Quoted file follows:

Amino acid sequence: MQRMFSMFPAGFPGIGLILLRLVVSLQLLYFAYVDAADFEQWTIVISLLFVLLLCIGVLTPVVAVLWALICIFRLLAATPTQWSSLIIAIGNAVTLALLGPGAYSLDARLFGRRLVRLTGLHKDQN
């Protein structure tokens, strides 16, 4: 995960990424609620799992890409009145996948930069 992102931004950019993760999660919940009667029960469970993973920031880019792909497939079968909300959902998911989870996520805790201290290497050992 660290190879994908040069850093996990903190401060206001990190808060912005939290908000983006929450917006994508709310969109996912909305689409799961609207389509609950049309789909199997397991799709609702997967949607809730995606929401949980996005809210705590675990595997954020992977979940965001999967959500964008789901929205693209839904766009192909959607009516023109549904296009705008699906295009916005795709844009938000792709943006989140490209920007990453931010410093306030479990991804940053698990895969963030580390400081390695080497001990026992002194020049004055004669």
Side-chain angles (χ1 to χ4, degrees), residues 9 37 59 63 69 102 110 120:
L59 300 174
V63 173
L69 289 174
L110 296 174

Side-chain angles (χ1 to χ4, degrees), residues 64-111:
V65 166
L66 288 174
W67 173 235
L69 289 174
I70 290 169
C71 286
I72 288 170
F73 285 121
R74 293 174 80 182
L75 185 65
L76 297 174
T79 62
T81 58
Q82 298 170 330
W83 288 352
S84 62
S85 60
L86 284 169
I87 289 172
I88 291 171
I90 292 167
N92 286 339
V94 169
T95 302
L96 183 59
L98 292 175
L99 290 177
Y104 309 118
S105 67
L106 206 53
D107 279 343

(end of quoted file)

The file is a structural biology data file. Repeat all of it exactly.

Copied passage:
Amino acid sequence: MQRMFSMFPAGFPGIGLILLRLVVSLQLLYFAYVDAADFEQWTIVISLLFVLLLCIGVLTPVVAVLWALICIFRLLAATPTQWSSLIIAIGNAVTLALLGPGAYSLDARLFGRRLVRLTGLHKDQN
């Protein structure tokens, strides 16, 4: 995960990424609620799992890409009145996948930069 992102931004950019993760999660919940009667029960469970993973920031880019792909497939079968909300959902998911989870996520805790201290290497050992 660290190879994908040069850093996990903190401060206001990190808060912005939290908000983006929450917006994508709310969109996912909305689409799961609207389509609950049309789909199997397991799709609702997967949607809730995606929401949980996005809210705590675990595997954020992977979940965001999967959500964008789901929205693209839904766009192909959607009516023109549904296009705008699906295009916005795709844009938000792709943006989140490209920007990453931010410093306030479990991804940053698990895969963030580390400081390695080497001990026992002194020049004055004669």
Side-chain angles (χ1 to χ4, degrees), residues 9 37 59 63 69 102 110 120:
L59 300 174
V63 173
L69 289 174
L110 296 174

Side-chain angles (χ1 to χ4, degrees), residues 64-111:
V65 166
L66 288 174
W67 173 235
L69 289 174
I70 290 169
C71 286
I72 288 170
F73 285 121
R74 293 174 80 182
L75 185 65
L76 297 174
T79 62
T81 58
Q82 298 170 330
W83 288 352
S84 62
S85 60
L86 284 169
I87 289 172
I88 291 171
I90 292 167
N92 286 339
V94 169
T95 302
L96 183 59
L98 292 175
L99 290 177
Y104 309 118
S105 67
L106 206 53
D107 279 343